Those who are in favor of this kind of real stimulus to the economy should urge their senators and representatives to support the Fair Minimum Wage Act of 2012 A raise in the minimum wage is, in fact, so important that working Americans should demand that their representatives vote for a raise. And that means that they don’t just say we’ll vote for it if it comes up for a vote, but that they will organize among other members and fight for a raise.

Remind them that we don’t have a lot of time, regardless of the condition of the economy at large. Remind them that they should not want to be seen as the cause of the collapse and that a raise in the minimum wage is likely to be seen as a sign of good faith in support of the people. And, remind them that, should we get a raise, $9.80 (a couple of years from now) is a drop in the bucket, compared with what is necessary for a living wage. Columnist, John Funiciello, is a labor organizer and former union organizer. His union work started when he became a local president of The Newspaper Guild in the early 1970s. He was a reporter for 14 years for newspapers in New York State. In addition to labor work, he is organizing family farmers as they struggle to stay on the land under enormous pressure from factory food producers and land developers. Click here to contact Mr. Funiciello.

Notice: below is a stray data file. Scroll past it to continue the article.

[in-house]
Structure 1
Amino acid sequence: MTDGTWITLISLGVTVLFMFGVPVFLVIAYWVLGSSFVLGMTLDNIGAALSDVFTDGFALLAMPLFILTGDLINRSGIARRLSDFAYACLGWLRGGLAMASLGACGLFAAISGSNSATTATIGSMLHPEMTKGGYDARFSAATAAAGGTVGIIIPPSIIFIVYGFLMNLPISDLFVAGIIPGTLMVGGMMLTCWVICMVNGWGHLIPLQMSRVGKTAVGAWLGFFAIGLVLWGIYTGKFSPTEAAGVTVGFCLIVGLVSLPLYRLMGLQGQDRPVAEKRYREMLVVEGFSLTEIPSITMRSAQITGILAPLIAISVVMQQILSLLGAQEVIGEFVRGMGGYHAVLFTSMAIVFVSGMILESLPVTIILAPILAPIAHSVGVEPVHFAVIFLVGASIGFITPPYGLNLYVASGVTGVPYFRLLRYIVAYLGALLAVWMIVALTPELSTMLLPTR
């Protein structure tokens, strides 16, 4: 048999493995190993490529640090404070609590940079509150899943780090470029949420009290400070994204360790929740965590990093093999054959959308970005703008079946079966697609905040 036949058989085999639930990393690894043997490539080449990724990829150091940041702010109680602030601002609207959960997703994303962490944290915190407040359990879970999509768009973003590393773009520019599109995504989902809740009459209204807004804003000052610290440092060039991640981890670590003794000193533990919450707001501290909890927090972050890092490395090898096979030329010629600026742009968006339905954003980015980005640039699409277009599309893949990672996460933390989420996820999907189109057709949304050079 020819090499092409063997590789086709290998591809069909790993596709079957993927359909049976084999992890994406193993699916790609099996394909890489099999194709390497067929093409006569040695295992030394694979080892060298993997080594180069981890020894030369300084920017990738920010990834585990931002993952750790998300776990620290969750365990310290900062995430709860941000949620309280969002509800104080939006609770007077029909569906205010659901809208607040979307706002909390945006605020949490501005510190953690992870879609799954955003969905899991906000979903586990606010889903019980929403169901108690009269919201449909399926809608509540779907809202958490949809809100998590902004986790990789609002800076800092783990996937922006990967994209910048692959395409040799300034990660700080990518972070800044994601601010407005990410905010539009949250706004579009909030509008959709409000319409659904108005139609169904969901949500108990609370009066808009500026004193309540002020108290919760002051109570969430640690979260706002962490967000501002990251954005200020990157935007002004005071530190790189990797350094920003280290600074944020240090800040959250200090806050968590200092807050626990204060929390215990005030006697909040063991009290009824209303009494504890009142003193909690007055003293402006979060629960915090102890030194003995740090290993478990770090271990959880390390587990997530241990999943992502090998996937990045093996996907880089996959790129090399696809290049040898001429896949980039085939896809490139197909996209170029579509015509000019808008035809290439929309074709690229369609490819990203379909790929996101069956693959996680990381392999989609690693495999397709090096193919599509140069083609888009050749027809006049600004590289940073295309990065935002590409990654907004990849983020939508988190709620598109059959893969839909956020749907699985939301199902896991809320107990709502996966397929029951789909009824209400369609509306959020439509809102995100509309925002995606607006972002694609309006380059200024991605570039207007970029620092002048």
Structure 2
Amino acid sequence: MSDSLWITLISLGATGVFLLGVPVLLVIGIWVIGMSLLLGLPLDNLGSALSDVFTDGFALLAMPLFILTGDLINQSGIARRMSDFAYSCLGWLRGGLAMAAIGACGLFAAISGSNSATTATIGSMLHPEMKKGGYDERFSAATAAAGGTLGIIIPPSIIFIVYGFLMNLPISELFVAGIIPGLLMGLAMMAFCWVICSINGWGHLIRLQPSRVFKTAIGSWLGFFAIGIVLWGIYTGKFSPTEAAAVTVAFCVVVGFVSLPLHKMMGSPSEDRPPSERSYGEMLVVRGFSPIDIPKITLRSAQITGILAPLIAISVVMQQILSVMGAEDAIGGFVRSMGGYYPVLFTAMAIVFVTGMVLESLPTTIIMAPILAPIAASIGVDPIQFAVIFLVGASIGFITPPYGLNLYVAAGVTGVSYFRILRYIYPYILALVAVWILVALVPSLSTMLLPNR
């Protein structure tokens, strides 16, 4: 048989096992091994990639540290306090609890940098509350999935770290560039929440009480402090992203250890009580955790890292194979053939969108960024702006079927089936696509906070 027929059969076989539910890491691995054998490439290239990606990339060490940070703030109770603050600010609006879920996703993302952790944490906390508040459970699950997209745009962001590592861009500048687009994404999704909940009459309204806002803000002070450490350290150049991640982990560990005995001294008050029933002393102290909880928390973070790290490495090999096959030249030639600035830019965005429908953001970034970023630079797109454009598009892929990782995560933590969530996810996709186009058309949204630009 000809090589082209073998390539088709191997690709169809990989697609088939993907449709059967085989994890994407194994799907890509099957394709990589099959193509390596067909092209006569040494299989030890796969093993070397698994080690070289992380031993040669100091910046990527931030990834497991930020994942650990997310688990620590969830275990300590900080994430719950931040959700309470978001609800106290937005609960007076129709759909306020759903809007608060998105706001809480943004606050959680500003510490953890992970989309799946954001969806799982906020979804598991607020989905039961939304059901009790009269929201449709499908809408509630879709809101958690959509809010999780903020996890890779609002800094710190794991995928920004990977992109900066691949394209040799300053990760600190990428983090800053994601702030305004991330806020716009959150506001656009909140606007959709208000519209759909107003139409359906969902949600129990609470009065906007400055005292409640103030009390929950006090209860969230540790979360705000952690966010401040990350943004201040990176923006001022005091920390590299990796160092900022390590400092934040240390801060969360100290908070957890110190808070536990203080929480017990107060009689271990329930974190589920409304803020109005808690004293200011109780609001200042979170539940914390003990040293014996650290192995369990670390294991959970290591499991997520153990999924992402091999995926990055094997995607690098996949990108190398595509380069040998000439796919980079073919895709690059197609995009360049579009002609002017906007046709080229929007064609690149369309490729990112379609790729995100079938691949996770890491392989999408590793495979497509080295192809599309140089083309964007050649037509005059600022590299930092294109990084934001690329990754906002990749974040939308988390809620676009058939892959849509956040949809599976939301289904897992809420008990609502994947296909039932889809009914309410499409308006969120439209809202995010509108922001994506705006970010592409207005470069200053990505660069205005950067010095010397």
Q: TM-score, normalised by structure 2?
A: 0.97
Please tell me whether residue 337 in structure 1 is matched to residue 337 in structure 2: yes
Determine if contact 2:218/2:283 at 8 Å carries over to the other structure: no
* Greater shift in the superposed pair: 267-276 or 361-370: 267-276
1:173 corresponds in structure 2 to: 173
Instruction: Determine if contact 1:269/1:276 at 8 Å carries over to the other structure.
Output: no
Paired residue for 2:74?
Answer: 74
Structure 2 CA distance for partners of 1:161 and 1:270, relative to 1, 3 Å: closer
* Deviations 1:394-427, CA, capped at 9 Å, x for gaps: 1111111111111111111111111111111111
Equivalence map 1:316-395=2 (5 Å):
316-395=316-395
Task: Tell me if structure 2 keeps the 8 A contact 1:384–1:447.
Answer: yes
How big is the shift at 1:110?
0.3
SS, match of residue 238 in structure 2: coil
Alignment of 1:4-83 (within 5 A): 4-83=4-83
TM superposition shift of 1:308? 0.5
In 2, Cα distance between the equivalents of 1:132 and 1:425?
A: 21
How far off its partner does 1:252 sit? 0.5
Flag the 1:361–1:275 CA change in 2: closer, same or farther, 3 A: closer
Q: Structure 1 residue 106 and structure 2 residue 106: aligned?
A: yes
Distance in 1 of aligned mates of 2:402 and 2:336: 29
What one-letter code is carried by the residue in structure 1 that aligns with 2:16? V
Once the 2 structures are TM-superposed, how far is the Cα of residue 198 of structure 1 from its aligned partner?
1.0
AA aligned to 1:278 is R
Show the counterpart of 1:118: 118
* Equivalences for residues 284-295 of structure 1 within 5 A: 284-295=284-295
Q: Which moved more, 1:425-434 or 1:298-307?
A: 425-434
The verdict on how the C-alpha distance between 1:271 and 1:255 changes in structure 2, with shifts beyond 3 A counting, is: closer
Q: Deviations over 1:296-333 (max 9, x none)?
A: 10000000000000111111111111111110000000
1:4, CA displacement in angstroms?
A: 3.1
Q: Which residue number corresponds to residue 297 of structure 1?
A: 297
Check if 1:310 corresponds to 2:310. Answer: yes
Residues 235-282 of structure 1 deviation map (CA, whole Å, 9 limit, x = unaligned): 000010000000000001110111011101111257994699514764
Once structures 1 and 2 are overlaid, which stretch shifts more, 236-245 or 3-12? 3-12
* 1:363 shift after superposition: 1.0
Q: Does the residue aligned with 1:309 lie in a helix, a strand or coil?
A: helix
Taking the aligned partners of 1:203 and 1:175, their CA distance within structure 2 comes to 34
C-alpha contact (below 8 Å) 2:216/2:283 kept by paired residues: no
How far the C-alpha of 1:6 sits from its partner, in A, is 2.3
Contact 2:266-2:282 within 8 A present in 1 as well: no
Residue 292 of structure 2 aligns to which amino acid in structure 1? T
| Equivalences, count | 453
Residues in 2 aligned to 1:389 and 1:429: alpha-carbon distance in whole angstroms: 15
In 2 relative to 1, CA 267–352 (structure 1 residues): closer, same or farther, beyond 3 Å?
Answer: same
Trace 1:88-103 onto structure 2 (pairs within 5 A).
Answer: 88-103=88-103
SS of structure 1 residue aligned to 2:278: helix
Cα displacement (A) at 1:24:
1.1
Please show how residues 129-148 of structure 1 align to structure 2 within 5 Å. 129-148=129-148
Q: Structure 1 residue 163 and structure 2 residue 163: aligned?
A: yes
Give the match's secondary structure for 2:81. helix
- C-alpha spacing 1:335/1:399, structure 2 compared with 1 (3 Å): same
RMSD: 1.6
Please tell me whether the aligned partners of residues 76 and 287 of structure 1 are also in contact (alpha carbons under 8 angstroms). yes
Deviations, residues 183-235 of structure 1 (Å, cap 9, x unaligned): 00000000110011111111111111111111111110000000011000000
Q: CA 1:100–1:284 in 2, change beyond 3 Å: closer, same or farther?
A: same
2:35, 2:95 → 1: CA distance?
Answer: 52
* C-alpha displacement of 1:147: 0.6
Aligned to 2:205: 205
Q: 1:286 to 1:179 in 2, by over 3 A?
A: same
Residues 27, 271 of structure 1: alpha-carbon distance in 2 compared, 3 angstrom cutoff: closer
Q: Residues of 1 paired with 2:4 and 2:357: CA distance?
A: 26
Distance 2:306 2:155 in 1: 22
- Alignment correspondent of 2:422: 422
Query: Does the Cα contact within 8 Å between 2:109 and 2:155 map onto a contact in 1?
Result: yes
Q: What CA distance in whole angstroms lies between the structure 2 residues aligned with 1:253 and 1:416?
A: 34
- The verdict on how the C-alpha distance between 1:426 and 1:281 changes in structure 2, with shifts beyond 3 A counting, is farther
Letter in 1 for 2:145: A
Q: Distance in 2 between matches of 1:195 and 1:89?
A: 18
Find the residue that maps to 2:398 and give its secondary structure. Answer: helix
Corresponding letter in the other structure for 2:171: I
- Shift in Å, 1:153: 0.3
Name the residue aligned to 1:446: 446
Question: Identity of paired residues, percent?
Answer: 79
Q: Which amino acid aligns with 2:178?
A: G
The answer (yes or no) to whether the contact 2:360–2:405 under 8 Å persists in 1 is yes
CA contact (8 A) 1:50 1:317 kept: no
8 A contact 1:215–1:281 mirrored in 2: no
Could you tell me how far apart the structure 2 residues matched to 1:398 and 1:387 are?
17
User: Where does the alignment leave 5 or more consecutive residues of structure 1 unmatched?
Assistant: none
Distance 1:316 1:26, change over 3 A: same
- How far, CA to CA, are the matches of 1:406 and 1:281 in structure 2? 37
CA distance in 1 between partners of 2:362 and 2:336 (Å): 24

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Sept 6, 2012 - Issue 484